29 April 2012

Occasionally I get to go out and play...

Instead of sewing, today I got to go over to a friend's house in my overalls and build stuff and get messy and play with their dogs. (Ren faire is AWESOME!) Which is to say, I've been building sets for the local ren faire again.

After spending most of the week sick with the flu (sadly too sick to really get any sewing done either) I got to get out in the fresh air today in time for a building party.

We're building an inn! Kristin was there to take pictures.

"Then the go-kart track should go over here, and the pin ball machines go along this wall..."

We can't call it an 'inn raising' if we don't stand some of it up at some point...
This building isn't for my guild, I'm labor on this outing, though my guildies certainly turned out to help. The Hearth of St Brigid (my guild) has always carried an ethos of being the cross-guild players, taking the "All for one and one for all" aspect of being a faire player beyond our guildyard, to include the whole of the faire.

We were helping out a new crew that has risen at WMRF called the Guild of Saint Julian that will be portraying an inkeeper and his staff, plus various guests and regulars. The inn will be created like theater flats, decorated and painted and assembled as a modular set that they can add onto over time. 

It's a bit exciting for us since the guilds in our faire have historically operated mostly out of tents. This is the first time our faire and thus our guilds have grown and prospered sufficiently that it's feasible to start assembling real sets.

Fair is in August and there's a lot to do between now and then, but we made great headway today. This is going to be great!

15 April 2012

Garb: Some thoughts on a troublesome word.

There is a word at the top of this page that carries a lot of baggage in our community. I'm speaking of "Garb". It seems odd to me to spend a lot of time discussing a simple noun that has been around since at least 1580, which was used by Shakespeare in Hamlet and Coriolanus to describe the fashion of a country (sometimes in reference to language, sometimes attire). But discuss it I do. 

In fact, in costuming forums and in real life, I am constantly called upon to defend my use of the word by those who hate it with a passion that I find surprising. And of all the linguistic eccentricities for which I might be called to the carpet, why choose garb?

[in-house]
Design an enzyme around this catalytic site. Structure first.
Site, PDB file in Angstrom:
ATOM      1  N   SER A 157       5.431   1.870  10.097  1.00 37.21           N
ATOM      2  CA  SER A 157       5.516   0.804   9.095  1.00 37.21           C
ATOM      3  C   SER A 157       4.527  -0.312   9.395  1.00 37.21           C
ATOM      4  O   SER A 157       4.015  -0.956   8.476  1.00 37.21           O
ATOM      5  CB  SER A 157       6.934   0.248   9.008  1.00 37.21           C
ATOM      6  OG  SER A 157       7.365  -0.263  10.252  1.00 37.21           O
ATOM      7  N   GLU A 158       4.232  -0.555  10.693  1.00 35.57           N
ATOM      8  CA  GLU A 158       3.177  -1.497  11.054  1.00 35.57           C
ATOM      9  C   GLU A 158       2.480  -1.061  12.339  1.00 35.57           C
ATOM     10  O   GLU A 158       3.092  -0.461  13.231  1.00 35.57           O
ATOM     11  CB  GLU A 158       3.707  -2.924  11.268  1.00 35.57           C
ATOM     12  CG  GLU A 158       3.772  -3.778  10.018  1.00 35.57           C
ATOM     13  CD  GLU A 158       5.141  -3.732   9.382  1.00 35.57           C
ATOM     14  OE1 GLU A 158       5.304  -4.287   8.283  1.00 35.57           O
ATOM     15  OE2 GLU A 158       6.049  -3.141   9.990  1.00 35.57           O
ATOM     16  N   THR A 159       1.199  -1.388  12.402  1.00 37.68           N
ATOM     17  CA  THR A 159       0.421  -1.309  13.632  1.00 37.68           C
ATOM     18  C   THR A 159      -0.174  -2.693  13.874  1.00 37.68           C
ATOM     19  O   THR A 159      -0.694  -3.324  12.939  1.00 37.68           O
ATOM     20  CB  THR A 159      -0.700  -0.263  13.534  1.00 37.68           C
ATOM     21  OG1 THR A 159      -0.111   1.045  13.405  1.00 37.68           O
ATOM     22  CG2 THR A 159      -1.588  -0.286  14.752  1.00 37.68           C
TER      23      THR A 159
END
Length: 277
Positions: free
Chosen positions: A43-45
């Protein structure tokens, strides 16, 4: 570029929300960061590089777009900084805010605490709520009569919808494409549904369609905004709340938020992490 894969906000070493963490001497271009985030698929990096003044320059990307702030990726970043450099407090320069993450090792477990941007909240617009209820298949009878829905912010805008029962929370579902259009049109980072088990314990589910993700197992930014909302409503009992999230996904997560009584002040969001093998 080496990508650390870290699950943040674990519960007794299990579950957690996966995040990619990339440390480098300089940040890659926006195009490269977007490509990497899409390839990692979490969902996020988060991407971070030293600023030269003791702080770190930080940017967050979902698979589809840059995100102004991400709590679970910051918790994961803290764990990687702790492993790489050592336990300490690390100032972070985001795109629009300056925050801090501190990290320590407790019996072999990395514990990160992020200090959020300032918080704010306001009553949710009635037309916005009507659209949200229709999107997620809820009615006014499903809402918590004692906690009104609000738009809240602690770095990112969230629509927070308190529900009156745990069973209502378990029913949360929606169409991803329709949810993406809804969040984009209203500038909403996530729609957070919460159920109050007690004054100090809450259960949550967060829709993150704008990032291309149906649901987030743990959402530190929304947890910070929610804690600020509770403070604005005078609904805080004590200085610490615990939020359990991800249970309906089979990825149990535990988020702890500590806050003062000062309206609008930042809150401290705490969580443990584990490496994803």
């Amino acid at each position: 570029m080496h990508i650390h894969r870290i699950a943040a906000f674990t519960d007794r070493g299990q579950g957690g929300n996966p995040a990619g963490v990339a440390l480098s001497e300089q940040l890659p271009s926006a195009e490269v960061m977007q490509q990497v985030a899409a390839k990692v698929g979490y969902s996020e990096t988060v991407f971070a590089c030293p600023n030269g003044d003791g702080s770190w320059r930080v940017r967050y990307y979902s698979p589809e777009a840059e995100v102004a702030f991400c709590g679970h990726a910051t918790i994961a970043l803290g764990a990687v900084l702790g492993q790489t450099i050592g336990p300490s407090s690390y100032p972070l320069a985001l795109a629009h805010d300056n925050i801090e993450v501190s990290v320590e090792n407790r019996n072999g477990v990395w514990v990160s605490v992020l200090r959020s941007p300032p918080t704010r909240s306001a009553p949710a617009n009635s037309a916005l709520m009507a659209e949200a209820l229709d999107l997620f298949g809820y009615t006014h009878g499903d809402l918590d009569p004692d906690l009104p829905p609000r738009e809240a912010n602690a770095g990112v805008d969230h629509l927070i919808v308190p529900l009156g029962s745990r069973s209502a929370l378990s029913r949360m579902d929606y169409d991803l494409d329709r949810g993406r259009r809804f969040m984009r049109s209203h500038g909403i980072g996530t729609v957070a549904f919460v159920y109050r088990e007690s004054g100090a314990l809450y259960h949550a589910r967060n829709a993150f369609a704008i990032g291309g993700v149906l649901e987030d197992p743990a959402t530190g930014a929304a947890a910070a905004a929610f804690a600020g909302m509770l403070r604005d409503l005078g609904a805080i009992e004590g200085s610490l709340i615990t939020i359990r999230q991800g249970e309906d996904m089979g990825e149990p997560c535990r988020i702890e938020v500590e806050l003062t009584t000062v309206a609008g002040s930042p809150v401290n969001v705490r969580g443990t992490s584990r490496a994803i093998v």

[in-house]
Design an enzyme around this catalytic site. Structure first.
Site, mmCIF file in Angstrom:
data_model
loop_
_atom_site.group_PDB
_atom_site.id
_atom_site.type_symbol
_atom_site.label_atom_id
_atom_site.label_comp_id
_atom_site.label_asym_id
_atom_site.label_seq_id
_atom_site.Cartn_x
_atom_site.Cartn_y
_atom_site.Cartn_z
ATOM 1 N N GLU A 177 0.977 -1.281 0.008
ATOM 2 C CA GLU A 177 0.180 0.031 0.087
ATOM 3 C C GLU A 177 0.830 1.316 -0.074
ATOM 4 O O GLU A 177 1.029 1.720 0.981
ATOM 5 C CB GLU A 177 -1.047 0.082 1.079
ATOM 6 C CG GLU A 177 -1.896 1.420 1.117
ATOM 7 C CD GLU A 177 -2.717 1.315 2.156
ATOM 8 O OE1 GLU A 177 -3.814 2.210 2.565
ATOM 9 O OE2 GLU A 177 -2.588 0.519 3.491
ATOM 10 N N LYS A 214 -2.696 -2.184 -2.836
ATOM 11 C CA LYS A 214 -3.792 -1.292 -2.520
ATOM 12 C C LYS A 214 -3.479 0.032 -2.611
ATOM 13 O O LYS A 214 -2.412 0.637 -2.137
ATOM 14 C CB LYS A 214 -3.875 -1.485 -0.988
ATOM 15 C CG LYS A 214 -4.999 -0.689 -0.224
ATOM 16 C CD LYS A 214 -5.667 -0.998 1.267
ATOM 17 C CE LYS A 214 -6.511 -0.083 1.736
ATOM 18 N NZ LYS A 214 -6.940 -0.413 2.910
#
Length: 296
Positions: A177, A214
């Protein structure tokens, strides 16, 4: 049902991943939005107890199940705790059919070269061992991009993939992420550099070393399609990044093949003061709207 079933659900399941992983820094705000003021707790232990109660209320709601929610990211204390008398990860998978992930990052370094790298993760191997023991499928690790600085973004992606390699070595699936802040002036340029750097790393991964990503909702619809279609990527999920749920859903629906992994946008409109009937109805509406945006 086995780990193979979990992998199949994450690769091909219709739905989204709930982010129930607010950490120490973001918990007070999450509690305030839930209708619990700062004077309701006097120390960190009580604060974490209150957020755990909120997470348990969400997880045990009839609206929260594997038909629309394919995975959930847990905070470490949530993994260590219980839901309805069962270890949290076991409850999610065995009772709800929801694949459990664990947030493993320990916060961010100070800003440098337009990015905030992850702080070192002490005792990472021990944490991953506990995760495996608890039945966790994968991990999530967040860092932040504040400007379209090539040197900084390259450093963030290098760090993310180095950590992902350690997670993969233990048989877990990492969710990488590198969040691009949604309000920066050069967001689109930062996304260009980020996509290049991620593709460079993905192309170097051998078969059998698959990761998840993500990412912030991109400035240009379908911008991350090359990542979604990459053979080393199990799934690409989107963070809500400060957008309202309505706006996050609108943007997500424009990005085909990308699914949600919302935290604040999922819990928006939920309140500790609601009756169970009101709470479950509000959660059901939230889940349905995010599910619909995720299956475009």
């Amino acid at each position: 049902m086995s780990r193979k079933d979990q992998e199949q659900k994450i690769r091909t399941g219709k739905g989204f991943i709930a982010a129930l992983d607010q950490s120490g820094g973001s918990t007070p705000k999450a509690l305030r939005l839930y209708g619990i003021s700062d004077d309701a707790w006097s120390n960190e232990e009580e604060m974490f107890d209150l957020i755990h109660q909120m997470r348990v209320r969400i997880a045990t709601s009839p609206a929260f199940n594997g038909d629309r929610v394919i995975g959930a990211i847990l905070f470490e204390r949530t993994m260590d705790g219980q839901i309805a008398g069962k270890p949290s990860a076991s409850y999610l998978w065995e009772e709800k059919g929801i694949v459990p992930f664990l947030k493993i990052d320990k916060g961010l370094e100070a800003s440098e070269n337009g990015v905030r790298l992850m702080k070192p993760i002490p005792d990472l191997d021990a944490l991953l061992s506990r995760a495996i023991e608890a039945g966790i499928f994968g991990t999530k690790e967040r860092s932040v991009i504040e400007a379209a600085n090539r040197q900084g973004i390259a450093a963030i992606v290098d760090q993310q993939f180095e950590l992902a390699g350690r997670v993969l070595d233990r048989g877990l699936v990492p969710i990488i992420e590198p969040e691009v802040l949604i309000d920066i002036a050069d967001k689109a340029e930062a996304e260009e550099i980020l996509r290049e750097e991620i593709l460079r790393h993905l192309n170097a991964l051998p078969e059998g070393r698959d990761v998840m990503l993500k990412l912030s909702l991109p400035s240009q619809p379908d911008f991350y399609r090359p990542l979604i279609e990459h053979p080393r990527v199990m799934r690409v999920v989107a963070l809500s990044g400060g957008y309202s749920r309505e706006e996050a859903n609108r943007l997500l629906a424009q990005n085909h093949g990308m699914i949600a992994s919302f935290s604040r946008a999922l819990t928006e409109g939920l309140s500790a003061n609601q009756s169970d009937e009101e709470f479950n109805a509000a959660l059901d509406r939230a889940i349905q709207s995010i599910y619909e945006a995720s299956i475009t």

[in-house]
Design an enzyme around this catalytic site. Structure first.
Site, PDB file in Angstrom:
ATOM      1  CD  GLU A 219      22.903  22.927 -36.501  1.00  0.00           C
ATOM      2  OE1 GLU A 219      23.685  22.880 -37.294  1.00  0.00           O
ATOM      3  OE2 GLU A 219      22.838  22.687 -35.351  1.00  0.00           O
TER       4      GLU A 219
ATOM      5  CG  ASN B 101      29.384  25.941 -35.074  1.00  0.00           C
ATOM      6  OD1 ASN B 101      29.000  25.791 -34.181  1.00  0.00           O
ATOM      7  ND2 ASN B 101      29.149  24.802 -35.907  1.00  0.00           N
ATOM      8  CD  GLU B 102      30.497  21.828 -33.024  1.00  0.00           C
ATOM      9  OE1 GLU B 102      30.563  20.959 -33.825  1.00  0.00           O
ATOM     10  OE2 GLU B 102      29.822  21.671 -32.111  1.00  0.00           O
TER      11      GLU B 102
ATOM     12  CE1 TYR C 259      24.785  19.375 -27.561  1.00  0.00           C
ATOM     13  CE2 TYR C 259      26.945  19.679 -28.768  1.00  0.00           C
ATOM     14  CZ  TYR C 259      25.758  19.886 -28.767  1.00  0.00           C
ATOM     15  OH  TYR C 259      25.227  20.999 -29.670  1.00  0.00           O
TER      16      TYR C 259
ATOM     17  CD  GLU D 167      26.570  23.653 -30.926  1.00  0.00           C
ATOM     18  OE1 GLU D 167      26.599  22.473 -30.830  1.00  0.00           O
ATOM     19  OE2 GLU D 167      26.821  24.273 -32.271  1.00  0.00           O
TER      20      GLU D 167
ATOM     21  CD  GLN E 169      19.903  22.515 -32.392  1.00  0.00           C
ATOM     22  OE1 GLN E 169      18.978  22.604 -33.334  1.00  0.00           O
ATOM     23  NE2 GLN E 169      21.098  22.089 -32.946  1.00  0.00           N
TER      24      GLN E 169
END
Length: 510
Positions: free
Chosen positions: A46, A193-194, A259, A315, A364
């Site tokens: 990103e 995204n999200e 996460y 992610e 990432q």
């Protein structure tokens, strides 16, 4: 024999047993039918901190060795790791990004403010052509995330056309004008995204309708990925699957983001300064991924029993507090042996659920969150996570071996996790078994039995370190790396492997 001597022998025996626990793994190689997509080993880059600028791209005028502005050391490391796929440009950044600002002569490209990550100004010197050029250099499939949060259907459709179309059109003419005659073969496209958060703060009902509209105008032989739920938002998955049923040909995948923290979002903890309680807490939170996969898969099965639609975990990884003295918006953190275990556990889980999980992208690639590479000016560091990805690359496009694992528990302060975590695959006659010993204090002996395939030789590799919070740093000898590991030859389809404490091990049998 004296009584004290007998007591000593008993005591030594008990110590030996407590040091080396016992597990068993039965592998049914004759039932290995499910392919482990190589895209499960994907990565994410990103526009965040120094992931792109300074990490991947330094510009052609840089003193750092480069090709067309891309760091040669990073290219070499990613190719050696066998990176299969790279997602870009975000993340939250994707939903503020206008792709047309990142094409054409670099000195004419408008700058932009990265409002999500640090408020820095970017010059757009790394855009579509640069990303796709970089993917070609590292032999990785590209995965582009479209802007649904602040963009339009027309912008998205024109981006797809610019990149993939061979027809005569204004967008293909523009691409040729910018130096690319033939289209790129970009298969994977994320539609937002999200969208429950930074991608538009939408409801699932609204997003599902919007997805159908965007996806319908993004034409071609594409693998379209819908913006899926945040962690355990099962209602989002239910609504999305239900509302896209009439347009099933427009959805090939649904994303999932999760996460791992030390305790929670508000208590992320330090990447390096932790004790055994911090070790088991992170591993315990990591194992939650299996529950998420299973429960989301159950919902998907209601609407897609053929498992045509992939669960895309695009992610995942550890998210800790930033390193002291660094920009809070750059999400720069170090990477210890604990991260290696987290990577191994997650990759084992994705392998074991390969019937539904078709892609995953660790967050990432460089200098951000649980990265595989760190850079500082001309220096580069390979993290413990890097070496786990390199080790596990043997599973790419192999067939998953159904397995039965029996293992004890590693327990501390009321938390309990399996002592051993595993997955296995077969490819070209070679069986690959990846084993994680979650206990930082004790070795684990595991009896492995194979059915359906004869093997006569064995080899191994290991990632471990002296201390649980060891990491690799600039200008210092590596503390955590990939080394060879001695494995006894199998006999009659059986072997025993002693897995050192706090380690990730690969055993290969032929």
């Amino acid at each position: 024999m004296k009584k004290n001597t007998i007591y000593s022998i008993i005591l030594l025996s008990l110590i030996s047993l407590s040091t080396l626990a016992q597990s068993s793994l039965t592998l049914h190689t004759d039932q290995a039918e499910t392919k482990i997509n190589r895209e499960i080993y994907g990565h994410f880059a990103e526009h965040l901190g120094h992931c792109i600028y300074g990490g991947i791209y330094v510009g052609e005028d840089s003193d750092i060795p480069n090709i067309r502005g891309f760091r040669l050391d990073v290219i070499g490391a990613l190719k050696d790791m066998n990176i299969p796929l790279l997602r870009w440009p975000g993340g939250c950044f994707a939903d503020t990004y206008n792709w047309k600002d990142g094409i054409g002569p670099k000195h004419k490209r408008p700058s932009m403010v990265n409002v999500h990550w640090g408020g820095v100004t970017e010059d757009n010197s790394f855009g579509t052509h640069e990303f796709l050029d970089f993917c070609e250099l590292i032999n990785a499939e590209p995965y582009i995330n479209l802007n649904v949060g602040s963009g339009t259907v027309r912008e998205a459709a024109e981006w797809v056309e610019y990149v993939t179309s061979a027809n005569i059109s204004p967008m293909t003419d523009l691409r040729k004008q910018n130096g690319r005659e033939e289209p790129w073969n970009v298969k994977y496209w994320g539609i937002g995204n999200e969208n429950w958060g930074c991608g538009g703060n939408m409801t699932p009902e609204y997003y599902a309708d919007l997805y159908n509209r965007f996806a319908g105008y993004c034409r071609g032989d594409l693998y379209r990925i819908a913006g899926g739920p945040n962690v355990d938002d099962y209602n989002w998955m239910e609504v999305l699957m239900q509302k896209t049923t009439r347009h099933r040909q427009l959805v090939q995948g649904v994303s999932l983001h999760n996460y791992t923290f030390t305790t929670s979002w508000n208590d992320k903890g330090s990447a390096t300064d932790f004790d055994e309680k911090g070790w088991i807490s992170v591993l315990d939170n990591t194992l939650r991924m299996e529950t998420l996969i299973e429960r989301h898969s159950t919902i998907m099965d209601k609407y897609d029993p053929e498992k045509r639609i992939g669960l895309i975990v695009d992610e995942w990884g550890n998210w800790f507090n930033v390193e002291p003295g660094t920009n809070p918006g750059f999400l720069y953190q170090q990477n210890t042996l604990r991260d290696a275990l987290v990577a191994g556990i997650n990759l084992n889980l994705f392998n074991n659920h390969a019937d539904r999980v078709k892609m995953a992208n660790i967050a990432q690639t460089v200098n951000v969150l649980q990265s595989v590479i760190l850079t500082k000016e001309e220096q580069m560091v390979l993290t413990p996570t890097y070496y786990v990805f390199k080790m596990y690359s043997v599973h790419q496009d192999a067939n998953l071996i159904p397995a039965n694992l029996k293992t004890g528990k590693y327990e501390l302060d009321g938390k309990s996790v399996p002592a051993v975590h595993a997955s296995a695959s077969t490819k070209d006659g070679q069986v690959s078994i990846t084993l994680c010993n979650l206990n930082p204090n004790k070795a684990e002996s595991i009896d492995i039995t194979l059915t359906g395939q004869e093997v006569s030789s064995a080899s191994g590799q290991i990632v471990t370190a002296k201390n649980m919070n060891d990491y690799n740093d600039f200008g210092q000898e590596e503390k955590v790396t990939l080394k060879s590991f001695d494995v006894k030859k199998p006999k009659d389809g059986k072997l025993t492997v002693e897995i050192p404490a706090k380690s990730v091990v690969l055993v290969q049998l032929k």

"Because it's a word that describes quite accurately what I'm doing here" doesn't seem enough for most of my challengers.
garb (plural garbs)
1. A type of dress or clothing.
2. fashion, style of dressing oneself up
3. (figuratively) a guise, external appearance
Seems simple enough. We need a word to describe the fashions and styles of another time, to differentiate from the fashion and styles of our time. So we reach for a suitable word and run with it.

And trip over all the people trying to stop us.

Last week, I sat back and watched a group that I used to belong to turn itself inside out in an argument about the use of the term 'garb' on this blog and others. Mostly -- though I went unnamed -- it was clear that the instigator was upset by my use of the term in another forum. The teeth-gnashing, and eye-poking that ensued among partisans on both sides was truly something to see.

It's just a word, people... or is it? 
In search of historical context, I went looking for the source.

I reached out to Jon DeCles, who was there when both the Society of Creative Anachronism was born and when Phyllis Patterson was struggling to bring the Renaissance Pleasure Faire to life and asked him what he remembered of the use of the term "garb" -- this is what he said:
I can recall the use of 'garb' in the format of 'medieval garb' being used in the earliest days of the Society for Creative Anachronism, i.e., the late 1960s. The point was to make a distinction between 'clothing' and 'costume.' The distinction was an important one because costumes didn't have to have pockets or fasten with period fasteners, they just had to look good from a distance. It was an important point because the SCA got many people from Science Fiction Fandom who were used throwing together splendid costumes for one use at a masquerade ball at a convention, often made from old stuff they got at a thrift store but often bearing little resemblance to anything 'period.'
I still remember Phyllis Patterson struggling with getting people to understand, at her Renaissance Pleasure Faires in those days, that hot pink satin hennons were not characteristic of the Elizabethan Age.
(Thanks, Jon for taking some time out of your day to answer an out-of-the-blue question for me.)

Jon's note confirms what I have always assumed: that the application of the term "Garb" or "Renaissance/Medieval Garb" has always been used to differentiate between clothing and the one-use costumery of the masquerade ball or the October traipse through a corn maze. It's a bit of jargon we've adopted to set our costuming apart from other sorts of costuming.

One of my missions with this blog and as a costumer in general is to make this pastime accessible to all.  And to do that I have to get newcomers past the ingrained cultural baggage that 'costume' has in the United States at the dawn of the 21st century. Because we are combating an implicit association between the word "costume" with the word "Halloween".

If your goal is to become a costume historian, I pray you, don't use the term. The academes get quite sniffy about nomenclature. If you are talking to new recruits to this pastime and want to sidestep the first thought that pops into their head when you say 'costume' (no matter how anthropologically correct it might be) then pick a different word. Any word. Honestly, we've so debased the coin of 'costume' that anything else is better. I don't really care which one you use as long as you don't stomp on someone else's choice.

From where I sit, it's a lot like freaking out when someone uses the word 'dude' in modern life instead of 'fellow' or 'guy'. Oh, it happens -- I hear people get mad about it all the time, but I don't understand it. It's hard not to think that some folks just enjoy being annoyed by things they cannot control. Garb has become ingrained in our subculture, it is part of how we differentiate between the clothing we wear in the 21st century and the clothing we wear when we step into the past.